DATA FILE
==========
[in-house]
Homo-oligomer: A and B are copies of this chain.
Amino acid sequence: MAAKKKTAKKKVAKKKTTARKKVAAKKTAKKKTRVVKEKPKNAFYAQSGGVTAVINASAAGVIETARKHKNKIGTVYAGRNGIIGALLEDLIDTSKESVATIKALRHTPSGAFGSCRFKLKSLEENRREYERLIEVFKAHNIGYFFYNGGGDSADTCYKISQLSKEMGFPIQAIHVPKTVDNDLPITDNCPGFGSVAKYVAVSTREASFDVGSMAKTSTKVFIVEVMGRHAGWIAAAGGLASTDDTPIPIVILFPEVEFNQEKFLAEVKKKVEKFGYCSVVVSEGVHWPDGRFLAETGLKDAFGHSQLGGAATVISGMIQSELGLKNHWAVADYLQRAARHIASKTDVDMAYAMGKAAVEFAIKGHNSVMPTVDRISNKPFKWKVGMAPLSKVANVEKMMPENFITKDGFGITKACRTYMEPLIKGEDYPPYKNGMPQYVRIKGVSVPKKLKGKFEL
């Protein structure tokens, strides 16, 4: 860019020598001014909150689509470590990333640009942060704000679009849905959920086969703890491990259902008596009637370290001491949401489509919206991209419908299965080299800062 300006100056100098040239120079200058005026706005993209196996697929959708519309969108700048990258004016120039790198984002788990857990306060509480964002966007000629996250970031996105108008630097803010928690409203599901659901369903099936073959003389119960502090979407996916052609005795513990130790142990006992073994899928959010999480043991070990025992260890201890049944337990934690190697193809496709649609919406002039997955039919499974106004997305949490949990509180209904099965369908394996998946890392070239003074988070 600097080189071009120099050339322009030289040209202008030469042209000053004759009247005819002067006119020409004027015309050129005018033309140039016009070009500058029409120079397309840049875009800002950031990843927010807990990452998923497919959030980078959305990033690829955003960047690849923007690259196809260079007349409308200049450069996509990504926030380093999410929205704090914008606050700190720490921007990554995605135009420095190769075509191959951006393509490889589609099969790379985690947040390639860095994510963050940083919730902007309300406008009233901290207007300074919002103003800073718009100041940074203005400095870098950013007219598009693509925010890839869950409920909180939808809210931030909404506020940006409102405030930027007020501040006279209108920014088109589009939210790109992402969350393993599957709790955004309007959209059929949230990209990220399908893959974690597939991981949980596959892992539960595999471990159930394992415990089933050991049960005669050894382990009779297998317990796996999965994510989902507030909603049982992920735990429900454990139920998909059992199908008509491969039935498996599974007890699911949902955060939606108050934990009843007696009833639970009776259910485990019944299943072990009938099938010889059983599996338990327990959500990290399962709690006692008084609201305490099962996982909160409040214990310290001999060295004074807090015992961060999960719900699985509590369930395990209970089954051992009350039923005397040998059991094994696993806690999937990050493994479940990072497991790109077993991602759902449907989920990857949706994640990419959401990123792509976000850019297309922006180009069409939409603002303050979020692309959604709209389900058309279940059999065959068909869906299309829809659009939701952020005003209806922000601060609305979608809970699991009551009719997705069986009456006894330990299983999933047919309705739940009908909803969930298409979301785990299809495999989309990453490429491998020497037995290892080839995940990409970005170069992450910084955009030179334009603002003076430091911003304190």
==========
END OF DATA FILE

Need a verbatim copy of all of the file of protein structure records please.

[in-house]
Homo-oligomer: A and B are copies of this chain.
Amino acid sequence: MAAKKKTAKKKVAKKKTTARKKVAAKKTAKKKTRVVKEKPKNAFYAQSGGVTAVINASAAGVIETARKHKNKIGTVYAGRNGIIGALLEDLIDTSKESVATIKALRHTPSGAFGSCRFKLKSLEENRREYERLIEVFKAHNIGYFFYNGGGDSADTCYKISQLSKEMGFPIQAIHVPKTVDNDLPITDNCPGFGSVAKYVAVSTREASFDVGSMAKTSTKVFIVEVMGRHAGWIAAAGGLASTDDTPIPIVILFPEVEFNQEKFLAEVKKKVEKFGYCSVVVSEGVHWPDGRFLAETGLKDAFGHSQLGGAATVISGMIQSELGLKNHWAVADYLQRAARHIASKTDVDMAYAMGKAAVEFAIKGHNSVMPTVDRISNKPFKWKVGMAPLSKVANVEKMMPENFITKDGFGITKACRTYMEPLIKGEDYPPYKNGMPQYVRIKGVSVPKKLKGKFEL
């Protein structure tokens, strides 16, 4: 860019020598001014909150689509470590990333640009942060704000679009849905959920086969703890491990259902008596009637370290001491949401489509919206991209419908299965080299800062 300006100056100098040239120079200058005026706005993209196996697929959708519309969108700048990258004016120039790198984002788990857990306060509480964002966007000629996250970031996105108008630097803010928690409203599901659901369903099936073959003389119960502090979407996916052609005795513990130790142990006992073994899928959010999480043991070990025992260890201890049944337990934690190697193809496709649609919406002039997955039919499974106004997305949490949990509180209904099965369908394996998946890392070239003074988070 600097080189071009120099050339322009030289040209202008030469042209000053004759009247005819002067006119020409004027015309050129005018033309140039016009070009500058029409120079397309840049875009800002950031990843927010807990990452998923497919959030980078959305990033690829955003960047690849923007690259196809260079007349409308200049450069996509990504926030380093999410929205704090914008606050700190720490921007990554995605135009420095190769075509191959951006393509490889589609099969790379985690947040390639860095994510963050940083919730902007309300406008009233901290207007300074919002103003800073718009100041940074203005400095870098950013007219598009693509925010890839869950409920909180939808809210931030909404506020940006409102405030930027007020501040006279209108920014088109589009939210790109992402969350393993599957709790955004309007959209059929949230990209990220399908893959974690597939991981949980596959892992539960595999471990159930394992415990089933050991049960005669050894382990009779297998317990796996999965994510989902507030909603049982992920735990429900454990139920998909059992199908008509491969039935498996599974007890699911949902955060939606108050934990009843007696009833639970009776259910485990019944299943072990009938099938010889059983599996338990327990959500990290399962709690006692008084609201305490099962996982909160409040214990310290001999060295004074807090015992961060999960719900699985509590369930395990209970089954051992009350039923005397040998059991094994696993806690999937990050493994479940990072497991790109077993991602759902449907989920990857949706994640990419959401990123792509976000850019297309922006180009069409939409603002303050979020692309959604709209389900058309279940059999065959068909869906299309829809659009939701952020005003209806922000601060609305979608809970699991009551009719997705069986009456006894330990299983999933047919309705739940009908909803969930298409979301785990299809495999989309990453490429491998020497037995290892080839995940990409970005170069992450910084955009030179334009603002003076430091911003304190």